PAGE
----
Looking after your skin doesn’t just mean putting a great night-time skin care routine into practice. In fact, one of the most important things you should be doing is protecting your skin from sun damage by using a good quality sun cream. Not only does this protect the skin from premature ageing, but it can also help to prevent some of the more serious consequences of sun damage, such as melanoma and skin cancer.
The first line of defence is preparation so we’ve created a guide for you to use so you can find out what SPF you should be using as well as other things you can do to protect your skin based on your location in the UK.
Find your closest city or town to discover which SPF you should be using.
UV Score ...:
Recommended SPF: | Reapply:
If you’ve ever experienced sunburn, you’ll know just how uncomfortable it is, but just because the redness fades, it doesn’t mean the danger does. Without the proper protection, you put yourself at risk of long term damage such as hyperpigmentation, accelerated signs of ageing, and even diseases such as skin cancer.
This is why it is so important to use good sun protection, and to choose the right routine for your skin. No matter what your skin type, you should protect yourself from the sun, but if you are particularly fair, you may need to use a higher SPF and keep covered up or in the shade on days when the UV index is high.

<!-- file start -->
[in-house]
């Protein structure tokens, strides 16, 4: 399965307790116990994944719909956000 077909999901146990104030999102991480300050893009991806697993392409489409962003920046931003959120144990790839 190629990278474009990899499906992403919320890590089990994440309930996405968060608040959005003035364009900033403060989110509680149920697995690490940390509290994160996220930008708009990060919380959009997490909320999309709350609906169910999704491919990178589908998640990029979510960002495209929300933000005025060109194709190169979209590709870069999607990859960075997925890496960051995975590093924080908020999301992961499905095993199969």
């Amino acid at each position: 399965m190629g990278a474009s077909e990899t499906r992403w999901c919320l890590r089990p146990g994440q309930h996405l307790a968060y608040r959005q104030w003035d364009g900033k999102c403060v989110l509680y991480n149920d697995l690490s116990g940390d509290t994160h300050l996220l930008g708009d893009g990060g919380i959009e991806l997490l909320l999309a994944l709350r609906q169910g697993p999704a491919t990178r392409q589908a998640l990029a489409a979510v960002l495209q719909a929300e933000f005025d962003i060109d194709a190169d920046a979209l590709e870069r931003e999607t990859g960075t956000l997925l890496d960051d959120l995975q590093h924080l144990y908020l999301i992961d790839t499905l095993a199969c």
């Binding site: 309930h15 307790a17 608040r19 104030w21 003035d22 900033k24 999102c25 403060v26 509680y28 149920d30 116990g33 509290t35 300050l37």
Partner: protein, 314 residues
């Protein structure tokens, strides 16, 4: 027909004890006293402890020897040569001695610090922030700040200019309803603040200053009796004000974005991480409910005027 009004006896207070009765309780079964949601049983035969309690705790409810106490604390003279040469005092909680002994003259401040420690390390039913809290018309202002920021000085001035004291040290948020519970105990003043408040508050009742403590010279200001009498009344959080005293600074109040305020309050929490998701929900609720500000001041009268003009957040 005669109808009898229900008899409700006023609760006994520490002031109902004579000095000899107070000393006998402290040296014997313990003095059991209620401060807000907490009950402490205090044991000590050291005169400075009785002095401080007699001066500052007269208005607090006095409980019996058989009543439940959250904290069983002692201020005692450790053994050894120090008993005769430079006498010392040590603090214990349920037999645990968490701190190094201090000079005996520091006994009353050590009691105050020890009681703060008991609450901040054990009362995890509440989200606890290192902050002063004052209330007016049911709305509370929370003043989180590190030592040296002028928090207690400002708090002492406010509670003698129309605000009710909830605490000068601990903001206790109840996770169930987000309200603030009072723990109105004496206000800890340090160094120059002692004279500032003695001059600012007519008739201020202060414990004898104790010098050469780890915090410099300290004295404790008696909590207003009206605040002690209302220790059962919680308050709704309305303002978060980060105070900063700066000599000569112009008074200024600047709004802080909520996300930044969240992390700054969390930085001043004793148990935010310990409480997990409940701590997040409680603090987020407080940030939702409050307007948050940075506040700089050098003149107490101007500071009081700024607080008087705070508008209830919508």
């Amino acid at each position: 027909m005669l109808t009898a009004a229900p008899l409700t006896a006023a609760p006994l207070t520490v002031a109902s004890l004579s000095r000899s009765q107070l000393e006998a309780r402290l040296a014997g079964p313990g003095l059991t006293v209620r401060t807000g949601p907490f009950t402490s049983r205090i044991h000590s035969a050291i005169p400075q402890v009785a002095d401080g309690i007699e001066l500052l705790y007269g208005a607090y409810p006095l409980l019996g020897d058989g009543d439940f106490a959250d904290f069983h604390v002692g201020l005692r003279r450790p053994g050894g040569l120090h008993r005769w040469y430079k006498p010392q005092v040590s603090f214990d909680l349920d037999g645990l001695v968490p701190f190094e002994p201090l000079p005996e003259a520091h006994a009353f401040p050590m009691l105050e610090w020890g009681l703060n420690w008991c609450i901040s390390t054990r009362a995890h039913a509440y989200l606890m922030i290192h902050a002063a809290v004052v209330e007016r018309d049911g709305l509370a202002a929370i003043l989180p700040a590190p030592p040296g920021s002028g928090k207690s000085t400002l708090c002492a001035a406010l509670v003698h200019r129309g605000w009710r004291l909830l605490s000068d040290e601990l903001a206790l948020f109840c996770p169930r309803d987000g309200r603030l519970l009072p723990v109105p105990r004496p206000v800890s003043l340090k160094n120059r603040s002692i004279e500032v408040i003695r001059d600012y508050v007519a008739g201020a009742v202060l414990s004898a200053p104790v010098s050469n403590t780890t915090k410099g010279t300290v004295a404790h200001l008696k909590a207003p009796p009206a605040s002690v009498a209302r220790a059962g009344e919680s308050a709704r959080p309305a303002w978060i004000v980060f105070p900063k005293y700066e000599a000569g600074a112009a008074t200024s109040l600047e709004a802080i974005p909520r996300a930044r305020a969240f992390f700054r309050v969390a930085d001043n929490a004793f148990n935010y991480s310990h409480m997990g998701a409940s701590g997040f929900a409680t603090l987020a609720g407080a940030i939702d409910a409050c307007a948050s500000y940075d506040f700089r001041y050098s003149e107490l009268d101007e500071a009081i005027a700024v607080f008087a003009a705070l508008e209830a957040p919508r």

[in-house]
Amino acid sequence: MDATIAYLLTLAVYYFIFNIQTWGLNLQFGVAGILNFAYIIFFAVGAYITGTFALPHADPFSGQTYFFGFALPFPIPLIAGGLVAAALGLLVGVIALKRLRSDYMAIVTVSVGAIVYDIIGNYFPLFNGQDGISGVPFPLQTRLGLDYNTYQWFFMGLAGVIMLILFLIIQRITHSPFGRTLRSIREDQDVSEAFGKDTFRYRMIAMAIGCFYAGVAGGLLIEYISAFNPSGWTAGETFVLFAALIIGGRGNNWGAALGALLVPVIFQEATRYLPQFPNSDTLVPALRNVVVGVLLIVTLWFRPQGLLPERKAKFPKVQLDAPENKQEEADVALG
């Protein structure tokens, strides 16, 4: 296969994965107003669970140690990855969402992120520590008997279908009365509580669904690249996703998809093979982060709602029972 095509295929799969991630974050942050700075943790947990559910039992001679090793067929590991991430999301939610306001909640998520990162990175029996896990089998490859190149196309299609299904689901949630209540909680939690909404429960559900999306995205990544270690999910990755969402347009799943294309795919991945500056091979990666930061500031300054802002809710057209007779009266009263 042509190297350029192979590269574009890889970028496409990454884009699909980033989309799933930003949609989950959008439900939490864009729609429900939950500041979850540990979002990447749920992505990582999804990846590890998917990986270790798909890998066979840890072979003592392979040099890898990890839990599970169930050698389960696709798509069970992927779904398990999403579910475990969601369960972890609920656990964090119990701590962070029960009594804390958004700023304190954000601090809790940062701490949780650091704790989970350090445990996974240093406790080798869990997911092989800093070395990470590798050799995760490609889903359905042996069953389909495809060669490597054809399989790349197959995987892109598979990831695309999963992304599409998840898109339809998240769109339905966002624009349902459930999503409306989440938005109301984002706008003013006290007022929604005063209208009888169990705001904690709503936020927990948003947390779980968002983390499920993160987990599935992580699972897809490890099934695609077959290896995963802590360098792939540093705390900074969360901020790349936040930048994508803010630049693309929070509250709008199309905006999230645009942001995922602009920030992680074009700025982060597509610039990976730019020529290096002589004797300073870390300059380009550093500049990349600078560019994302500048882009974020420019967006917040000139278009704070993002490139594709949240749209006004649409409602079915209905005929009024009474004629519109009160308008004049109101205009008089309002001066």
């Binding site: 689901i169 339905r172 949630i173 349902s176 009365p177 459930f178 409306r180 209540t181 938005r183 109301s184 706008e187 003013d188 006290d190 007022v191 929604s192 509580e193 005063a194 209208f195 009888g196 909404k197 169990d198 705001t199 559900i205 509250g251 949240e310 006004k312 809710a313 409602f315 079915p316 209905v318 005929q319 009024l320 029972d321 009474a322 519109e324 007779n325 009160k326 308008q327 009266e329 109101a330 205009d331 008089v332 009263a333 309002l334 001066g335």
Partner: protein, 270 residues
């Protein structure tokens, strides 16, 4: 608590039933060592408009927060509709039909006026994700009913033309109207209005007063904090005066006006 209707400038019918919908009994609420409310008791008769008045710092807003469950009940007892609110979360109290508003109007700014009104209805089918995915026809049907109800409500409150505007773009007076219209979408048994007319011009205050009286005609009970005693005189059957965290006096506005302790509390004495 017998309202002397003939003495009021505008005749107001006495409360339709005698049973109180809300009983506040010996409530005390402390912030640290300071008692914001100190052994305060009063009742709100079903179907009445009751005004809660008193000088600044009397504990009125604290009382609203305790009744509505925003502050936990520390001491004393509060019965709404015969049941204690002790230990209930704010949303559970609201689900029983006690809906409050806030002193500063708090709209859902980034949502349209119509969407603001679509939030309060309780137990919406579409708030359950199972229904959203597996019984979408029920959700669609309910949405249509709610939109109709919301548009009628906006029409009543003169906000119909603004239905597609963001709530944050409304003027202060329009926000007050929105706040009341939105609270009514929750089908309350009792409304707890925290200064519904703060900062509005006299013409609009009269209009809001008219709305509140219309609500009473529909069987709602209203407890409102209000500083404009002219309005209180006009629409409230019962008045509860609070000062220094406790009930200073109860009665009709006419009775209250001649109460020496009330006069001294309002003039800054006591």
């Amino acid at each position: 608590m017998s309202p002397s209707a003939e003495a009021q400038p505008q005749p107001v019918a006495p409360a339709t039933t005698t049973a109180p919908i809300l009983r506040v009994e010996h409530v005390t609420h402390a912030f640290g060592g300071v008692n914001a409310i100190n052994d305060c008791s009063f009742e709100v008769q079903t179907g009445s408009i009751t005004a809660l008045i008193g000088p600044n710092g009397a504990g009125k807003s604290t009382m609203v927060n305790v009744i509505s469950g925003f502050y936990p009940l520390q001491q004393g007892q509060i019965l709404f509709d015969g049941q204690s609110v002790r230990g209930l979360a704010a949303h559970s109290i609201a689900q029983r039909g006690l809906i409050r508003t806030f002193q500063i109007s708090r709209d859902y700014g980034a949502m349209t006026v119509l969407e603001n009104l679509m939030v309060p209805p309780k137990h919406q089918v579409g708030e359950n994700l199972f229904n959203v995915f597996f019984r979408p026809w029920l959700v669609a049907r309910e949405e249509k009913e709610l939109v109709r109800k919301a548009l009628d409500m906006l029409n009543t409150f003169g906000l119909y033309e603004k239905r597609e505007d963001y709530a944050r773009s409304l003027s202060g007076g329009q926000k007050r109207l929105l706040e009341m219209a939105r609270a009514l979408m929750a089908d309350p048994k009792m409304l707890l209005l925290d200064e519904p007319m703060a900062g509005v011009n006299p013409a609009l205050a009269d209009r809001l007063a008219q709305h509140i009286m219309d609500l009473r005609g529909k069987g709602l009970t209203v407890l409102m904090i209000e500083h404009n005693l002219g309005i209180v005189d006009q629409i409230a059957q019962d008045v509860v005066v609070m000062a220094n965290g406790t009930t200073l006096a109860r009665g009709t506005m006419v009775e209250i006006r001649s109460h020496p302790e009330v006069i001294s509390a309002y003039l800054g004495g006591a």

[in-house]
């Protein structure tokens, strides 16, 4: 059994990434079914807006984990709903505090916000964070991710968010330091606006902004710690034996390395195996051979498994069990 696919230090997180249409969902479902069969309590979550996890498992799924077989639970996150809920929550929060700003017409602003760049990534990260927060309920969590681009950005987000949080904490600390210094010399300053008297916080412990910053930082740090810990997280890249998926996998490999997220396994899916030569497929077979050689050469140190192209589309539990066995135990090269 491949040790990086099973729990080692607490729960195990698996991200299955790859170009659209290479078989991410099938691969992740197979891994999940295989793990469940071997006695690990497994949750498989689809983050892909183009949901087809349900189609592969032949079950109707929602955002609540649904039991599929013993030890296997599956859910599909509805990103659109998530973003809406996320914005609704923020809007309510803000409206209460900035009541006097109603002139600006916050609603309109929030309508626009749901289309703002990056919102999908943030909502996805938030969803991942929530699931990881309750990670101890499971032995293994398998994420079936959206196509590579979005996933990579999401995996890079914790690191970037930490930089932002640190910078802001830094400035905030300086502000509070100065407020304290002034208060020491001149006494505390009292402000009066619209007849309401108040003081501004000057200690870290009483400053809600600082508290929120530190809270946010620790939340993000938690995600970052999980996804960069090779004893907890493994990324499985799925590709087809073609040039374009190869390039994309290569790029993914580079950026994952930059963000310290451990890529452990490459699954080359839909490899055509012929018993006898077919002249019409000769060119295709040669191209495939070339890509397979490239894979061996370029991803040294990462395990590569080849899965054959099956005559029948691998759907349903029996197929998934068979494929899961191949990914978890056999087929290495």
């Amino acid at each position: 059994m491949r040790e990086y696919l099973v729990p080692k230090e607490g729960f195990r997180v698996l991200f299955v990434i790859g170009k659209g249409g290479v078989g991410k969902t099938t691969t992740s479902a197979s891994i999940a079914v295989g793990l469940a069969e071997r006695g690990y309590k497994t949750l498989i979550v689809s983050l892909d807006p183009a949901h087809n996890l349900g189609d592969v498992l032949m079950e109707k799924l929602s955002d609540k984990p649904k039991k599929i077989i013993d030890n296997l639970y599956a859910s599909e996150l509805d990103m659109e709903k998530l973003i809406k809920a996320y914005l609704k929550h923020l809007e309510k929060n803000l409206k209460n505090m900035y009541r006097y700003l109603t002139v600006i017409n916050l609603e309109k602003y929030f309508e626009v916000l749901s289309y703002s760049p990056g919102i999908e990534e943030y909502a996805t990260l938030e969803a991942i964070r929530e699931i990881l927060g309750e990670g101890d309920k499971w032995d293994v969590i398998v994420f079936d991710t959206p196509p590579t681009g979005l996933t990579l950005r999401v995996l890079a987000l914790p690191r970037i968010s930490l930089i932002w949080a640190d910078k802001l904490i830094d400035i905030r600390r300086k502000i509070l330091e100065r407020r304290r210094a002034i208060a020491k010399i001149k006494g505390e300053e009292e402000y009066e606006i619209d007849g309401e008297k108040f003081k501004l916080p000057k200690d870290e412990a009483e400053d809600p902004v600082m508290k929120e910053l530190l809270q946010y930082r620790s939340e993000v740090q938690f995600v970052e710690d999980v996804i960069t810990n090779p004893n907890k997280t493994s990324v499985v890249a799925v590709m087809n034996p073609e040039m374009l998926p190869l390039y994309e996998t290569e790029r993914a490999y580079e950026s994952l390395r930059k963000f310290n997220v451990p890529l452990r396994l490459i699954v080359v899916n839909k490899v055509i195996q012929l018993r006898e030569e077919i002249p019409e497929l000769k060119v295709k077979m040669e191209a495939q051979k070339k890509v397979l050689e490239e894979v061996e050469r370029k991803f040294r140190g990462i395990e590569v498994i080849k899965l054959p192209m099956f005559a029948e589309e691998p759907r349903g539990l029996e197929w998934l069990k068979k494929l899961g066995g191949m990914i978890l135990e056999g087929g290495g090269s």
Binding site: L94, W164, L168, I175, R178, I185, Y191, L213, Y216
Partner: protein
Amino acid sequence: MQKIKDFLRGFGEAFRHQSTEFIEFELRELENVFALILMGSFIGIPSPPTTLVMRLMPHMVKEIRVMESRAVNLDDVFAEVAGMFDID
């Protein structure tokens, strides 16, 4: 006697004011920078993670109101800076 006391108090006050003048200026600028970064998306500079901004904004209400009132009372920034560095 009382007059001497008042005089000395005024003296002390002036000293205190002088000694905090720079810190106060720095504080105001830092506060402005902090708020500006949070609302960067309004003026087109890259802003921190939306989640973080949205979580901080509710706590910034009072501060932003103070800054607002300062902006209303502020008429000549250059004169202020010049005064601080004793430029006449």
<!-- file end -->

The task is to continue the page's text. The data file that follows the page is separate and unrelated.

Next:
When choosing your sun cream, make sure to check the UVA protection as well as the SPF, opting for a product with at least 4-star UVA protection. You should also choose a lip balm with SPF in order to protect the delicate and fragile skin on your lips. For full protection, choose a hair protector that moisturises and protects from harmful UV rays.
Once you have the right protection, make sure to use it right by reapplying after swimming, towel drying, or sweating. You should also reapply every two hours to make sure you are well protected, ensuring to apply liberally to any part of your skin that is exposed.
While these UV ratings are taken from averages, you can find up to date figures from the Met Office and use the following guide to determine your level of protection:
All UV index numbers were taken from Weather Atlas and Weather Online and act as averages for each month, though it should be noted that the UV rating can climb above these averages, so care should be taken, particularly during the summer months when the UV rating can be very high.
SPF information is taken from a range of sources in order to create a guide. These sources include:
The information provided here should not be used in place of medical advice and you should consult a doctor or medical professional if you are concerned about sun damage or the health of your skin.
If you have particularly fair skin or are prone to burning, you may need to take additional precautions in the sun.